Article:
Google starts blocking JavaScript attachments in Gmail

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There’re many ways to distribute malware – Word documents that use macros is one of them, but it’s also one of the most popular. And then there’re .js files that use JavaScript to download corrupted executable files from sites controlled by cybercriminals. And Google seems to have found a solution to this – it all ends on February 13, as, according to their blog post, this is the date when sending .js files from Gmail will be forbidden. This may certainly irate some users, as not all of them use JavaScript with bad intentions. Besides, .svg files can also execute a JavaScript code, and, while banning those is also possible, it may lead to people abandoning their Gmail accounts in favor of those that don’t have such strict rules. On the other hand, .js files were used to overtake Yahoo! accounts just last year, and Microsoft also reported seeing spam campaigns that had this extension at the forefront. And, to give Google some credit, you will still be able to send those files via Google Drive and Google Cloud Storage.

But it should be mentioned that .svg files were also used to carry out other attacks. It was just last November that Facebook users were receiving images in this exact format – opening those led to a fake YouTube site that offered to download a malicious Chrome extension to watch the video. And, of course, it was a scam – doing so actually resulted in a computer being infected by Locky ransomware.

But cybercriminals never stop. Security researchers at Trustwave discovered the spam campaign that had distributing ZIP archives with .jvs files as its main goal. Those files also used JavaScript code and installed a Trojan called Ursnif when they were opened. And this campaign happened in January of this year. So it’s pretty much a given that con artists will come up with something else to distribute malicious programs.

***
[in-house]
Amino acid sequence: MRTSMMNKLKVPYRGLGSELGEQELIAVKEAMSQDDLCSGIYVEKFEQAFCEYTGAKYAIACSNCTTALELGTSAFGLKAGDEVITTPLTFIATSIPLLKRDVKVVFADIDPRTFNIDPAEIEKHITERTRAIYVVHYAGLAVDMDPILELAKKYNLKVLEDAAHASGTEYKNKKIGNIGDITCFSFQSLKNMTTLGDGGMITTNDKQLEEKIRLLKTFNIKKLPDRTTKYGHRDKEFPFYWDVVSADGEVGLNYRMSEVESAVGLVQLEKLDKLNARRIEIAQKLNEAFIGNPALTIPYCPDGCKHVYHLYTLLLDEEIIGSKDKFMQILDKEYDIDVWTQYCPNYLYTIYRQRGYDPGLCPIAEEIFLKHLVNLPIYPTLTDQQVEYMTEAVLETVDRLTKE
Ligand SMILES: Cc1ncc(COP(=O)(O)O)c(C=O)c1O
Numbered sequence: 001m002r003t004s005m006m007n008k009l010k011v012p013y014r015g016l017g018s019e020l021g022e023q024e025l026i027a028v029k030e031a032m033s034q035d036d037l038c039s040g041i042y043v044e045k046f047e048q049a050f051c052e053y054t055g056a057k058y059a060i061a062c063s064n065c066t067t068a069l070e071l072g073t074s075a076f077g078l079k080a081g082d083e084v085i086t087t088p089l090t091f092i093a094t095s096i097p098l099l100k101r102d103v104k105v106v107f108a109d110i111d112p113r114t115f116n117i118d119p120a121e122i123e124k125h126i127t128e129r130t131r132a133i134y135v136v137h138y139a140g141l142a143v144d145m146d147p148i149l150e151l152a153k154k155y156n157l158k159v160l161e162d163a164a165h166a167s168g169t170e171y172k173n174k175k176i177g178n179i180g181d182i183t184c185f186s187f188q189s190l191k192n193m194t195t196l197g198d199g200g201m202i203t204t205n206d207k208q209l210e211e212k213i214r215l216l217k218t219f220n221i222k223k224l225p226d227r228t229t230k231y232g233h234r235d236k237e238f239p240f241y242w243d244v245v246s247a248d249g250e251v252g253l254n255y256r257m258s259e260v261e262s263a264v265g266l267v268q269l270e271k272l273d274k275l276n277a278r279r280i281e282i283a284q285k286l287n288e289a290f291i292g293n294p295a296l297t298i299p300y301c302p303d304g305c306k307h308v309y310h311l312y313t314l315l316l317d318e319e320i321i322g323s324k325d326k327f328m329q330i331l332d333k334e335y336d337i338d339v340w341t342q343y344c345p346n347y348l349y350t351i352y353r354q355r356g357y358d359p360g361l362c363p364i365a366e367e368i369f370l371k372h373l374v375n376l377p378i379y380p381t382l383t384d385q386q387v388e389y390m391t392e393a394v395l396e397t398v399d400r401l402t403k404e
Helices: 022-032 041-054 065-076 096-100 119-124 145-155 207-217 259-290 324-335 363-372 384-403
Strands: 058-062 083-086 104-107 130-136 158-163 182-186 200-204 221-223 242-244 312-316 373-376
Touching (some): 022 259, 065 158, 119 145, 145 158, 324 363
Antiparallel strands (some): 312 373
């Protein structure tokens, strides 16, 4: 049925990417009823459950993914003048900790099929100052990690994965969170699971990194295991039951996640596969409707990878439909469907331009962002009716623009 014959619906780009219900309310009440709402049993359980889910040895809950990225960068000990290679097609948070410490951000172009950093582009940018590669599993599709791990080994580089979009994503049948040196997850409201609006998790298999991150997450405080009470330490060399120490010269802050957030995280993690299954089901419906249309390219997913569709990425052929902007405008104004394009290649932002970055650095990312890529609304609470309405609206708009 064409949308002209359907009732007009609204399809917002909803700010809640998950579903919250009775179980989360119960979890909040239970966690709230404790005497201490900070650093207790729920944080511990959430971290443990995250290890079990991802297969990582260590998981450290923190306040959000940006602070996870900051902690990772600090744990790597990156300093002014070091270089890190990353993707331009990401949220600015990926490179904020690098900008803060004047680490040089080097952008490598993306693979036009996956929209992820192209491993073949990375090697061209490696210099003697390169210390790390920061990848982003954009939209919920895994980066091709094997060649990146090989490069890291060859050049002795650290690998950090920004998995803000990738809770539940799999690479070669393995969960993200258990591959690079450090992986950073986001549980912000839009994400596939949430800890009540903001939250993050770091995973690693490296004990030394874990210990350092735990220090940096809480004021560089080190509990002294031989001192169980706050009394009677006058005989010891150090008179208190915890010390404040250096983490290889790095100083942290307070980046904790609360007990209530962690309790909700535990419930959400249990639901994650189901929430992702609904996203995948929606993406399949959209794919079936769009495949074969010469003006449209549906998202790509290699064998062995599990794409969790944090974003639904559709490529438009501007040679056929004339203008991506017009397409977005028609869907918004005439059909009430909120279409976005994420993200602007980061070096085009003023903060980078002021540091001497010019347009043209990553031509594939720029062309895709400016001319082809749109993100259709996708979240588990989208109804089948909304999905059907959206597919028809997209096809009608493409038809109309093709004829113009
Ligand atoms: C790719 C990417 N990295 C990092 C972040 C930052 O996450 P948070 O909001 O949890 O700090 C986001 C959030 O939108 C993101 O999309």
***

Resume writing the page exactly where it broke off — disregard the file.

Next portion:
We also need to point out that Google restricts sending .exe, .jse, .ade, .msc, .bat, and .adp files. And while it’s certainly understandable that the company wants to protect its reputation, as well as their clients, forbidding something rarely leads to desired results, and users of other email providers suffer the consequences, as cybercriminals double their efforts of sending malware.

Still, we don’t deny that certain measures need to be taken to combat them successfully, and while some of those may appear drastic at first, there’s a chance that they will make more sense in the future. So we have to just wait and see. And in the meantime, remind everyone to stay away from emails that come from unfamiliar addresses – opening those is dangerous, as they very often contain viruses. There’re few things worse than having your workday disrupted due to a computer being infected with a virus, and you need to do everything you can to prevent something like this from ever happening to you. Having security software installed also helps – but make sure to keep it updated, as new threats are always being developed and released, and one of them just might slip through the cracks.

The situation is not as grim as it may seem – there’re a lot of viruses on the Internet, sure, but if you don’t put yourself under unnecessary risks, everything will probably be alright with your system. And don’t panic if it has been infected – security researchers are always on the lookout for solutions, and many viruses can be cured. So keep your visits to suspicious webpages to a minimum, avoid clicking on advertisements and corrupted links, and your computer will stay safe, stable and protected. Just the way it should be.

 

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